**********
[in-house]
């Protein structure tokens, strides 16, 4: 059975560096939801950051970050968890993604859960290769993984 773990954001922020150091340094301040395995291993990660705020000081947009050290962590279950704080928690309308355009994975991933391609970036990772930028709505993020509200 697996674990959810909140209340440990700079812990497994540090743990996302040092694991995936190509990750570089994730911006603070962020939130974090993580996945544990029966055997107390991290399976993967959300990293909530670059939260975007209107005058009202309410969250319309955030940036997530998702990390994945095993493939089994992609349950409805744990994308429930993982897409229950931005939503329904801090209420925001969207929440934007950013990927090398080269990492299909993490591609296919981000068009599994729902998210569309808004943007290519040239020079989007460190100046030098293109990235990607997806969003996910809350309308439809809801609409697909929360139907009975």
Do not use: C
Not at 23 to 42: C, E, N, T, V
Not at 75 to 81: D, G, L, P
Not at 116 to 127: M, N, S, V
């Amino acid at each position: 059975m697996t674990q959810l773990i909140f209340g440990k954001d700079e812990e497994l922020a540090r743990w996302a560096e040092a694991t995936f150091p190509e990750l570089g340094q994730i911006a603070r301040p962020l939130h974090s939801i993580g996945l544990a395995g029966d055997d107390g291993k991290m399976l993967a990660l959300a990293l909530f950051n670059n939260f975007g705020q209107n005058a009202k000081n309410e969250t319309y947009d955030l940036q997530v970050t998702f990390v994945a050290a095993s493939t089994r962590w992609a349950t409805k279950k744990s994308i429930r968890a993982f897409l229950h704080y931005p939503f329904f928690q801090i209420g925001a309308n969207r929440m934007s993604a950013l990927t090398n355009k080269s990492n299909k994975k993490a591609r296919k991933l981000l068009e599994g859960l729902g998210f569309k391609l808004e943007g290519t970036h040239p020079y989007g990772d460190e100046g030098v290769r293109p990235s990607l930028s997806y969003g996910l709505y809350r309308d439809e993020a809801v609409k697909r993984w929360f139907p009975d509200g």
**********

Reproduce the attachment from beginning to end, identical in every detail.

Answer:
[in-house]
């Protein structure tokens, strides 16, 4: 059975560096939801950051970050968890993604859960290769993984 773990954001922020150091340094301040395995291993990660705020000081947009050290962590279950704080928690309308355009994975991933391609970036990772930028709505993020509200 697996674990959810909140209340440990700079812990497994540090743990996302040092694991995936190509990750570089994730911006603070962020939130974090993580996945544990029966055997107390991290399976993967959300990293909530670059939260975007209107005058009202309410969250319309955030940036997530998702990390994945095993493939089994992609349950409805744990994308429930993982897409229950931005939503329904801090209420925001969207929440934007950013990927090398080269990492299909993490591609296919981000068009599994729902998210569309808004943007290519040239020079989007460190100046030098293109990235990607997806969003996910809350309308439809809801609409697909929360139907009975």
Do not use: C
Not at 23 to 42: C, E, N, T, V
Not at 75 to 81: D, G, L, P
Not at 116 to 127: M, N, S, V
């Amino acid at each position: 059975m697996t674990q959810l773990i909140f209340g440990k954001d700079e812990e497994l922020a540090r743990w996302a560096e040092a694991t995936f150091p190509e990750l570089g340094q994730i911006a603070r301040p962020l939130h974090s939801i993580g996945l544990a395995g029966d055997d107390g291993k991290m399976l993967a990660l959300a990293l909530f950051n670059n939260f975007g705020q209107n005058a009202k000081n309410e969250t319309y947009d955030l940036q997530v970050t998702f990390v994945a050290a095993s493939t089994r962590w992609a349950t409805k279950k744990s994308i429930r968890a993982f897409l229950h704080y931005p939503f329904f928690q801090i209420g925001a309308n969207r929440m934007s993604a950013l990927t090398n355009k080269s990492n299909k994975k993490a591609r296919k991933l981000l068009e599994g859960l729902g998210f569309k391609l808004e943007g290519t970036h040239p020079y989007g990772d460190e100046g030098v290769r293109p990235s990607l930028s997806y969003g996910l709505y809350r309308d439809e993020a809801v609409k697909r993984w929360f139907p009975d509200g």